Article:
In God’s Own Country: A theatrical celebration of the 500th Anniversary of the Reformation

Published 12:00 am Thursday, October 5, 2017

Submitted by Josh Wainright for PPT

The following was taken from a letter written by Scott R. Riedmann, Consulate General of the United States of America in Leipzig Germany in April, 2017

When looking at the United States, one sees a country of humble beginnings. What was built took time; but what we stand for was clear right from the start – equality, opportunity, and freedom. The United States was built by immigrants hoping for a better life, enriched with religious and political freedom, free from constant hunger and poverty, and a place to call home. With them came a mix of different cultures, ideas, and religions. What would eventually become a united country was anything but homogeneous.

German immigrants were essential in establishing American values. Regardless of sect or religious slant, Germans played an important role in establishing religious tolerance in the United States. But beyond seeking religious freedom, German immigrants wanted to establish communities and be productive members of society. This notion of civic responsibility is especially important to American society … even today.

In “In God’s Own Country” we experience this time through an inspiring story of German immigration to the United States. We witness the journey of Heinrich Melchior Mühlenberg and the struggles he and all immigrants faced in the loosely connected English colonies. Heinrich Melchior Mühlenberg came to the colonies to administer to the German Lutheran congregations. What he found was an opportunity to forge the church, soon becoming the “Patriarch of the Lutheran Church in America.” He built a cooperative foundation and a unified structure for the church. His legacy, however, was not only religious. He also built afamily legacy known as the Mühlenberg Dynasty. One of his sons became a general in the Continental Army during the American Revolutionary War; the other son would later become the first Speaker of the United States House of Representatives. Mühlenberg’s story is one of many success stories of German immigrants in the United States.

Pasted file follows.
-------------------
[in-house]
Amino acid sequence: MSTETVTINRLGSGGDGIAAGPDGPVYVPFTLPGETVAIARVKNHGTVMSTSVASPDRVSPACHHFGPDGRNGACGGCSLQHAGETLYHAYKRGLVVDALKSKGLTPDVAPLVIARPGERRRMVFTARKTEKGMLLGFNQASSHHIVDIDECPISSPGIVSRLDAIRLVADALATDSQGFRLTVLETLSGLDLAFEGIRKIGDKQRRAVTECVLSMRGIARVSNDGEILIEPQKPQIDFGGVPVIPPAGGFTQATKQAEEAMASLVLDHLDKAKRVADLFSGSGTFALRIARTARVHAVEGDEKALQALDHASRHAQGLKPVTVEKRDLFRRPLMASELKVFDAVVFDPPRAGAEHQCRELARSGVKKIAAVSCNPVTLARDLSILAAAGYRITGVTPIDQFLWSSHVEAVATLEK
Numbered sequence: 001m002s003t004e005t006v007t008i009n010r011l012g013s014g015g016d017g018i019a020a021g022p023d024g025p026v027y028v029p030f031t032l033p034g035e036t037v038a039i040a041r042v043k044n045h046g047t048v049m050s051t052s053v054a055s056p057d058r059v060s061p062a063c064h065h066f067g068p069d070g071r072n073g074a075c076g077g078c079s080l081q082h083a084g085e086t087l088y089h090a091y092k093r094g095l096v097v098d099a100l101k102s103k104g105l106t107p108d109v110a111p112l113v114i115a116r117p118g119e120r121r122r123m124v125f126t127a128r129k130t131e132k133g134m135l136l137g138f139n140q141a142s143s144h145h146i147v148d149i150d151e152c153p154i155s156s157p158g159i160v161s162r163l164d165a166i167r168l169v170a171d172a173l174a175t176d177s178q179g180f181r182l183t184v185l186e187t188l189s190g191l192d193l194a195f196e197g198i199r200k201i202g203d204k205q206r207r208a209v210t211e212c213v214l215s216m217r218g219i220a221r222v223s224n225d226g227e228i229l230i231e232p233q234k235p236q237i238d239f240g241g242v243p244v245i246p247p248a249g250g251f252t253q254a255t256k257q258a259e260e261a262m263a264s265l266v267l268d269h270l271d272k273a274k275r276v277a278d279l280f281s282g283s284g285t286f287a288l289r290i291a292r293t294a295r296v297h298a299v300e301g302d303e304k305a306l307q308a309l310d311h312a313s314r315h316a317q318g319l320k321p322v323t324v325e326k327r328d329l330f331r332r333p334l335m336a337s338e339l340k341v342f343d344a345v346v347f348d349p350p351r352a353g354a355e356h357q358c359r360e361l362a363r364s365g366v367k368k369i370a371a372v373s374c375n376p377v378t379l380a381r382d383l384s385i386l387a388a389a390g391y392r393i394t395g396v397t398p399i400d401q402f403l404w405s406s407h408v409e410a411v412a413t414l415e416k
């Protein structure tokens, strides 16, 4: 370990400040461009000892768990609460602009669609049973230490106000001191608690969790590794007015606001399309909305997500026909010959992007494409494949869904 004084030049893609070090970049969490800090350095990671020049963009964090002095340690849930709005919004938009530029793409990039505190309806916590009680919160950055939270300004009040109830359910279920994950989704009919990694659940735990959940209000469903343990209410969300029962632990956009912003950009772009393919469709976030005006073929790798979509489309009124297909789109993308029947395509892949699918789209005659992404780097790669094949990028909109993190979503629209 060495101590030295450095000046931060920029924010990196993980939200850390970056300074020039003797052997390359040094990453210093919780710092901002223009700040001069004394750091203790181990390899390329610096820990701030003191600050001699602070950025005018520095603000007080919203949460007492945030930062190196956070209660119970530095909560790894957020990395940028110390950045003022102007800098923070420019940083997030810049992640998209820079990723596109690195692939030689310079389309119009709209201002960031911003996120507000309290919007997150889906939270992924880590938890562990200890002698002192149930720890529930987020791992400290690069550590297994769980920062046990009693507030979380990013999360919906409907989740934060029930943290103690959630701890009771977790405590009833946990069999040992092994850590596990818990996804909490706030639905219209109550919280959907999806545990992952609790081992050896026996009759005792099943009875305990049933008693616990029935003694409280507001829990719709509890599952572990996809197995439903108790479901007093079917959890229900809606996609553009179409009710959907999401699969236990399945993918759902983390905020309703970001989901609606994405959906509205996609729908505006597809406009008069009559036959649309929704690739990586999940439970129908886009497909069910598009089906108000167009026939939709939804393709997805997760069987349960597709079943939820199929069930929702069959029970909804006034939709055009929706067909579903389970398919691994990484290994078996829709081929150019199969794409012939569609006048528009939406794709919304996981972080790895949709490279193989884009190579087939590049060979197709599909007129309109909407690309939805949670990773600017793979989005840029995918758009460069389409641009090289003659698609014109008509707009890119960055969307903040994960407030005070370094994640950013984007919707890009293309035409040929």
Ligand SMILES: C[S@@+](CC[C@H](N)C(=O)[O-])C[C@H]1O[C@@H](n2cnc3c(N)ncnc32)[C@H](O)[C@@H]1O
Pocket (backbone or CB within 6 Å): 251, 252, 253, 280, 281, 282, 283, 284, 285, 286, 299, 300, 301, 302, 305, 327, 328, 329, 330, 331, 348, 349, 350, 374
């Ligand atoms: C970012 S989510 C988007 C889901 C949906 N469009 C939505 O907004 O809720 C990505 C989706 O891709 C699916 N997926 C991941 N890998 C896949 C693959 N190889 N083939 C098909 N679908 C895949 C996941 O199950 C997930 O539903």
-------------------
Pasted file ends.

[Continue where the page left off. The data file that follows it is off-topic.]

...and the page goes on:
In this drama, we see and understand that the relationship and cooperation between the United States and Germany is not new. It was wrought through centuries of immigration and cultural exchange. The narrative in “In God’s Own Country” illustrates this close connection, highlighting the importance of German immigration on U.S. society. German immigrants helped develop American values, despite the differences within the communities. German immigrants in general and Mühlenberg specifically solidified what we now consider and often refer to as shared values — values that are rooted in the past and recognized as the basis for our longstanding relationship.

I encourage everyone to enjoy this unique and special drama. Mühlenberg’s story and the story of German immigration to the United States is one that makes me personally proud. As the grandson of Austrian immigrants, I understand the experience and embrace all that immigration has to offer. I hope you enjoy “In God’s Own Country” and also come away with a sense of pride.

An international collaboration between Salisbury’s own Piedmont Players Theatre and Germany’s Landesbühnen Sachsen, the English language premiere of “In God’s Own Country” opens at the Meroney Theater next Thursday.

Show dates: Oct. 12-14 and 18-21 at 7:30 p.m., Oct. 15 at 2:30 p.m. Tickets: $25, groups of 20 or more: $20 at 704-633-5471 or

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